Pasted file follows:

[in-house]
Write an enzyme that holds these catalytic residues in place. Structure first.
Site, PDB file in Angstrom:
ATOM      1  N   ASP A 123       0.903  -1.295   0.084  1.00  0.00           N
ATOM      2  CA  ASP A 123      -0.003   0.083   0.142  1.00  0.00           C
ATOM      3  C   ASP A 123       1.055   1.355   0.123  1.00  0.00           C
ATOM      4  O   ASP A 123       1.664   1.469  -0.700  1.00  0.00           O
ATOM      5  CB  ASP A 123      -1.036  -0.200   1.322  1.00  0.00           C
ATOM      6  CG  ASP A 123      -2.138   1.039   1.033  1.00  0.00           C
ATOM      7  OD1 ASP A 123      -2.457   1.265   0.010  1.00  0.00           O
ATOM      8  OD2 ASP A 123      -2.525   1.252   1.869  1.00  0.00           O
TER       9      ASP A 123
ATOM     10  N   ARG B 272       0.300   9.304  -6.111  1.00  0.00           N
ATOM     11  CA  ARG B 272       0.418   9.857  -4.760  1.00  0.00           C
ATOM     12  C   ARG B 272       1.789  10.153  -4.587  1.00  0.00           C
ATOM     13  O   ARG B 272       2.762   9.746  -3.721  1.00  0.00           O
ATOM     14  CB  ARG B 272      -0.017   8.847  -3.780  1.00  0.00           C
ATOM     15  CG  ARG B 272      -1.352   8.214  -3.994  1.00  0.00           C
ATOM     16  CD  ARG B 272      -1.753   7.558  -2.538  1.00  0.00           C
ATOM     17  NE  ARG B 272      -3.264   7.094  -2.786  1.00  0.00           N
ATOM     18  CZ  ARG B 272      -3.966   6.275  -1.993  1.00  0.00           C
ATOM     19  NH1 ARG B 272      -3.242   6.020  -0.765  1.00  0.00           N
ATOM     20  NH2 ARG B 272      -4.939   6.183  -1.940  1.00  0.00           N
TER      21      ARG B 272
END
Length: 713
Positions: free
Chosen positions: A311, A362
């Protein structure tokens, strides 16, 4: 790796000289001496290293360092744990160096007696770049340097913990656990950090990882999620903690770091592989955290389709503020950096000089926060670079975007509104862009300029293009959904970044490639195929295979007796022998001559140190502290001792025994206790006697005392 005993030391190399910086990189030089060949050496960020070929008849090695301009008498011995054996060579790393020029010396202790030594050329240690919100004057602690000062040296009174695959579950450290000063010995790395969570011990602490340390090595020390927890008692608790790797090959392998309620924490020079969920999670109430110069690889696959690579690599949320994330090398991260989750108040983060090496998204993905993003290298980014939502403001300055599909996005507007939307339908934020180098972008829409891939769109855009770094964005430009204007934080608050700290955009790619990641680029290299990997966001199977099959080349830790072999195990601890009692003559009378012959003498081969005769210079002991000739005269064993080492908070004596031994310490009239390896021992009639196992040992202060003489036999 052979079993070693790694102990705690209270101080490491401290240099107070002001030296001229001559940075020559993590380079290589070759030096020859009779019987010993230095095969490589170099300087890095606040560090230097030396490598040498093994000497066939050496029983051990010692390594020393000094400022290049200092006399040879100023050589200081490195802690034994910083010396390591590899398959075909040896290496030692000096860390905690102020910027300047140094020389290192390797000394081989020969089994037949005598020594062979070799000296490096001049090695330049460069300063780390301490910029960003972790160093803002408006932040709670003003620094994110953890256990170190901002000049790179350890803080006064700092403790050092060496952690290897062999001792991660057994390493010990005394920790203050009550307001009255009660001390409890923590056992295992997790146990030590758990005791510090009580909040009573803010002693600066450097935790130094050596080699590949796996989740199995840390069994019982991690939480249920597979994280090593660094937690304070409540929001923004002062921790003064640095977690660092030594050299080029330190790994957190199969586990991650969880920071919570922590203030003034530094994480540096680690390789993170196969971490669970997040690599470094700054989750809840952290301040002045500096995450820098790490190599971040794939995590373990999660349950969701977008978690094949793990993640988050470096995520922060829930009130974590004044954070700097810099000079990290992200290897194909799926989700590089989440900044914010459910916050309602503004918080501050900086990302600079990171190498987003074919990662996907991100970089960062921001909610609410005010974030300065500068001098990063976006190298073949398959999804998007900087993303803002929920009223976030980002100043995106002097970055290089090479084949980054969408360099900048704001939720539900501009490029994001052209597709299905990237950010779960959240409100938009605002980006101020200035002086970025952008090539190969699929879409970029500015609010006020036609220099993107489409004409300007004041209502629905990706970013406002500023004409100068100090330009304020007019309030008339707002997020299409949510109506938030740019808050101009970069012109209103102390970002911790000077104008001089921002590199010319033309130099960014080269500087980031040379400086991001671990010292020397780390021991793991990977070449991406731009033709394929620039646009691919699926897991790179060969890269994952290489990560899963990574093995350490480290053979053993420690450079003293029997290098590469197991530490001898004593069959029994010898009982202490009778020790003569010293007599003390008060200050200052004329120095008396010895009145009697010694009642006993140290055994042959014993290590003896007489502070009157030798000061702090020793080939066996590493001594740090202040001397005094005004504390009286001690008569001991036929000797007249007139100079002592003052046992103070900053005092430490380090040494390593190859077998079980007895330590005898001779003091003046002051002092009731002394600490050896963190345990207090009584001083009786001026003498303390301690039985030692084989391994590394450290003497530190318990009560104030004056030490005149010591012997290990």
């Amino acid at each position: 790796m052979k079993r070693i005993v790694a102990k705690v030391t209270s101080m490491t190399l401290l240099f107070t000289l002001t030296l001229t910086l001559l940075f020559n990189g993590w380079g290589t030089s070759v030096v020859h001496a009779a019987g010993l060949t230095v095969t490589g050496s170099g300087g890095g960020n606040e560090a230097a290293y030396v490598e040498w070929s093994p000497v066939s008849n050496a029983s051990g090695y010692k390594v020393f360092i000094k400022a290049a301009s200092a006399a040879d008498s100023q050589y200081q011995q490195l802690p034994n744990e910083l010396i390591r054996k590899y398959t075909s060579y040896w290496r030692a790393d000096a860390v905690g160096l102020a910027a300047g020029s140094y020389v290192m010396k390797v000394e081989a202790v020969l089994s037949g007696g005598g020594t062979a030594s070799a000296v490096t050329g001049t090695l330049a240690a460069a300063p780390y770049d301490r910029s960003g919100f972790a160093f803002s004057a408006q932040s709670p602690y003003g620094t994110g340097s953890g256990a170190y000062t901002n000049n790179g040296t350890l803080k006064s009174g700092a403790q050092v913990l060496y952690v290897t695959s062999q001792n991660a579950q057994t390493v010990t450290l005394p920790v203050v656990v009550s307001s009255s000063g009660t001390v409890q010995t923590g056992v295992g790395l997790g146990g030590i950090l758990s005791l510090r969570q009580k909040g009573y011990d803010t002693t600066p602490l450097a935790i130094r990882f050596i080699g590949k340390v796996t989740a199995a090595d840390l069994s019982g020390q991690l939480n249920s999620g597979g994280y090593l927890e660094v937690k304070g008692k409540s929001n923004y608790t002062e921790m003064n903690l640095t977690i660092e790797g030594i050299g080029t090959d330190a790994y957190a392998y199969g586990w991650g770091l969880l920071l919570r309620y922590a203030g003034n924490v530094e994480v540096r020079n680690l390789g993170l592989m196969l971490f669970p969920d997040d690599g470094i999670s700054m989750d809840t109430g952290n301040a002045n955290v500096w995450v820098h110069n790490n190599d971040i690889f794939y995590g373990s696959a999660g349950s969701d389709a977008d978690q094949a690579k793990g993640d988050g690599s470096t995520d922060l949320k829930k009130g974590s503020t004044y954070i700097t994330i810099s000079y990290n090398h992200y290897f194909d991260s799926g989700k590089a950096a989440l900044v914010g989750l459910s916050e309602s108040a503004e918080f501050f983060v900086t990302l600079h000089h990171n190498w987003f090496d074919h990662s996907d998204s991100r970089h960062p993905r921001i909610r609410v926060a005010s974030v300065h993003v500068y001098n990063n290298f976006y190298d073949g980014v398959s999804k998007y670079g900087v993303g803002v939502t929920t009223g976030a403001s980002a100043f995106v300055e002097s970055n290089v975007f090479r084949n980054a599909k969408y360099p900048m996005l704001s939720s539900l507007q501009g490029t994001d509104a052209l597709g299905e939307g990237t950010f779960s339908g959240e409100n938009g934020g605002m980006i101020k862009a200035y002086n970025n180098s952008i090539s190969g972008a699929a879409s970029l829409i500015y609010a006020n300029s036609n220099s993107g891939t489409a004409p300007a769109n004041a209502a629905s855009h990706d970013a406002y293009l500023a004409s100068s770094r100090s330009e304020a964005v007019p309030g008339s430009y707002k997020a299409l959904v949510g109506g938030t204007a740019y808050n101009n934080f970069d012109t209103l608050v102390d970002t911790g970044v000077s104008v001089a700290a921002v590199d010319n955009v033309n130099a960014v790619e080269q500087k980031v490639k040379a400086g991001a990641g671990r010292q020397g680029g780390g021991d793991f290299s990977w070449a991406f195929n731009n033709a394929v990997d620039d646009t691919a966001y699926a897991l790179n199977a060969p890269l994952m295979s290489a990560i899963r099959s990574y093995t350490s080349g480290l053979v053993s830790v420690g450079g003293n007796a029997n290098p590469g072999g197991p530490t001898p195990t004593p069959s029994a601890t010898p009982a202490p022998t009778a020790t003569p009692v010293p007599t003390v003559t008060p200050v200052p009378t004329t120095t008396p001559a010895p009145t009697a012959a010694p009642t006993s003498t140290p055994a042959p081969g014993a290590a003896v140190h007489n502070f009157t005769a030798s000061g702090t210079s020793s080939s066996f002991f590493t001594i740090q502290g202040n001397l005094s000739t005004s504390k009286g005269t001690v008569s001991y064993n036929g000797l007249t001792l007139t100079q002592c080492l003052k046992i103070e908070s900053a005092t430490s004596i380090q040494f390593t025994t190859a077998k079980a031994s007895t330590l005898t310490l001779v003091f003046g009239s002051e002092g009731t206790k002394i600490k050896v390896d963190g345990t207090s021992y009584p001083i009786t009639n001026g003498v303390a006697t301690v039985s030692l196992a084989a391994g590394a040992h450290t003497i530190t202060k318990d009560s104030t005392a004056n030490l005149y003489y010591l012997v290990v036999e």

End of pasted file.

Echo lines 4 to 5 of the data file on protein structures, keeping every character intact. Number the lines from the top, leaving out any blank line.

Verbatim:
ATOM      1  N   ASP A 123       0.903  -1.295   0.084  1.00  0.00           N
ATOM      2  CA  ASP A 123      -0.003   0.083   0.142  1.00  0.00           C